The Victorian Liberal Party will not run a candidate in the inner-Melbourne seat of Richmond, delivering a setback to Labor’s campaign to defend the once-safe seat from a Greens challenge.
The party had been deliberating on whether it should field candidates in four inner-city seats, where Labor and the Greens are going head-to-head.
The Labor-held seats of Richmond and Brunswick and the Greens-held seats of Melbourne and Northcote were absent from a list of nominations the Liberal Party lodged with the Victorian Electoral Commission.
A message sent to Liberal Party members today by Opposition Leader Matthew Guy and state president Michael Kroger said it would run candidates in Melbourne, Northcote and Brunswick.
But it said the party had decided not to contest Richmond, held by Planning Minister Richard Wynne, because of his involvement in the red shirts scandal.
“Our first principle is that Richard Wynne was involved in the red shirts rort and it would be contrary to our principles to assist in his re-election, given our view that he should have already resigned from Parliament,” the message said.
“Our second principle is that the Liberal Party is not a preference machine for the Labor Party. The days of us simply handing votes to Labor are over.”
Traditionally the Liberal Party has run candidates in unwinnable inner-city seats and preferenced the ALP ahead of the Greens, which helped Labor hold off the minor party.
Red shirts worked in Richmond in 2014
The red shirts rort involved Labor paying $388,000 for election field organisers out of the parliamentary purse during the 2014 campaign.
Members in safe seats hired electorate officers to work in marginal seats, under an arrangement that the state Ombudsman found was wrong.
Labor repaid the money, but a police investigation is ongoing.
The Ombudsman’s investigation found 21 Labor MPs, including six ministers, had misused their parliamentary entitlements by signing off on timesheets for the field organisers.
However, Richard Wynne was not among them.
Mr Wynne was one of the MPs who had field organisers sent to work in their electorates.
Richmond ‘challenging’ for Labor
Of the four inner-city Labor-Greens contests, Richmond was considered Labor’s best chance of defeating the minor party.
Mr Wynne has been the member for Richmond since 1999 has a high profile in the seat.
Some in Labor said the party had been preparing for some time for the Liberal Party to vacate the Richmond contest, and a senior party source today played down the development, saying the seat had long been “challenging” to hold.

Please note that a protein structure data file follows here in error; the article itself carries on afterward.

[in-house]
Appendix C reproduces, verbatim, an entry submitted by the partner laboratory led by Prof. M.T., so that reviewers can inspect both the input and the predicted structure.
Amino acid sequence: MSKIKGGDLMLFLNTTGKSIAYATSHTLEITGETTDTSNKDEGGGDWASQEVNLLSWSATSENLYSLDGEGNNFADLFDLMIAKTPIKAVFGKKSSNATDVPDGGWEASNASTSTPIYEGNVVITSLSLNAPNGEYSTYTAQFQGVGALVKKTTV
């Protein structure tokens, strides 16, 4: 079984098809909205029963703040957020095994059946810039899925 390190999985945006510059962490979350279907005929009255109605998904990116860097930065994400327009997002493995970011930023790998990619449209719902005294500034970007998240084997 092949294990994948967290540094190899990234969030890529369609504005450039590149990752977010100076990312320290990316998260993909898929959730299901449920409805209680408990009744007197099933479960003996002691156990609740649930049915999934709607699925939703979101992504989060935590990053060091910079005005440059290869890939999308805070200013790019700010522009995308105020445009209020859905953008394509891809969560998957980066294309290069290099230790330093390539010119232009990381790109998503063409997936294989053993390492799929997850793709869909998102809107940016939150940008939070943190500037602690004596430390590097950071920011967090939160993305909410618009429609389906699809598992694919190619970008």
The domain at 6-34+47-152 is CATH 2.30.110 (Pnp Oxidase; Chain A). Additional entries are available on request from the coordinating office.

“Nothing changes for us,” the source said.
Mr Wynne issued a statement accusing the Liberal Party of turning their backs on their supporters in Richmond.
“I’m focused on doing what I’ve done for the past 19 years — and that’s knocking on as many doors as I can and talking to as many Richmond locals as I can about what matters to them, and sticking up for them when it matters most,” he said.”
“In Richmond, the choice couldn’t be clearer — it’s between a Labor Government that has always put the community first, the most progressive government in the country, or the Greens political party, who talk a lot but have delivered nothing.”
Matthew Guy said he hoped Liberal supporters would understand the party’s decision. (ABC News: Stephanie Anderson)
The Greens candidate for Richmond, Kathleen Maltzahn, tweeted that the Liberal Party decision was “a blow to Labor” and that Mr Wynne “depends entirely on Liberal preferences for power”.
“It doesn’t matter to us if we’re running against just Labor or Labor and the Liberals — on planning, on coal, on crime, on forests, there’s no daylight between them. The Greens are the real opposition,” she tweeted.
Safe injecting room advocate Judy Ryan is also running in Richmond for the Reason Party, led by Fiona Patten.
The ABC understands that Reason, which could soak up some moderate Liberal voters in the seat, is likely to preference Mr Wynne ahead of Ms Maltzahn, whose views on sex workers have caused tensions within the Greens.
Ms Maltzahn had been a longtime advocate of the Nordic model of criminalising sex work, under which the illegal act is the purchase of sex rather than the selling of sexual services.
But in May, after the Liberal Party adopted the Nordic model as its policy, Ms Maltzahn promised that if she was elected she would vote against the Nordic model in Parliament, describing the Coalition’s agenda as “anti-women”.
Earlier today Mr Guy said he trusted Liberals voters would understand the party’s decisions about fielding candidates.
“I hope that all Liberal voters would understand that we are doing what is right for the Liberal Party to get a government for all of Victoria that can govern for the longer term interests of Victoria,” he said.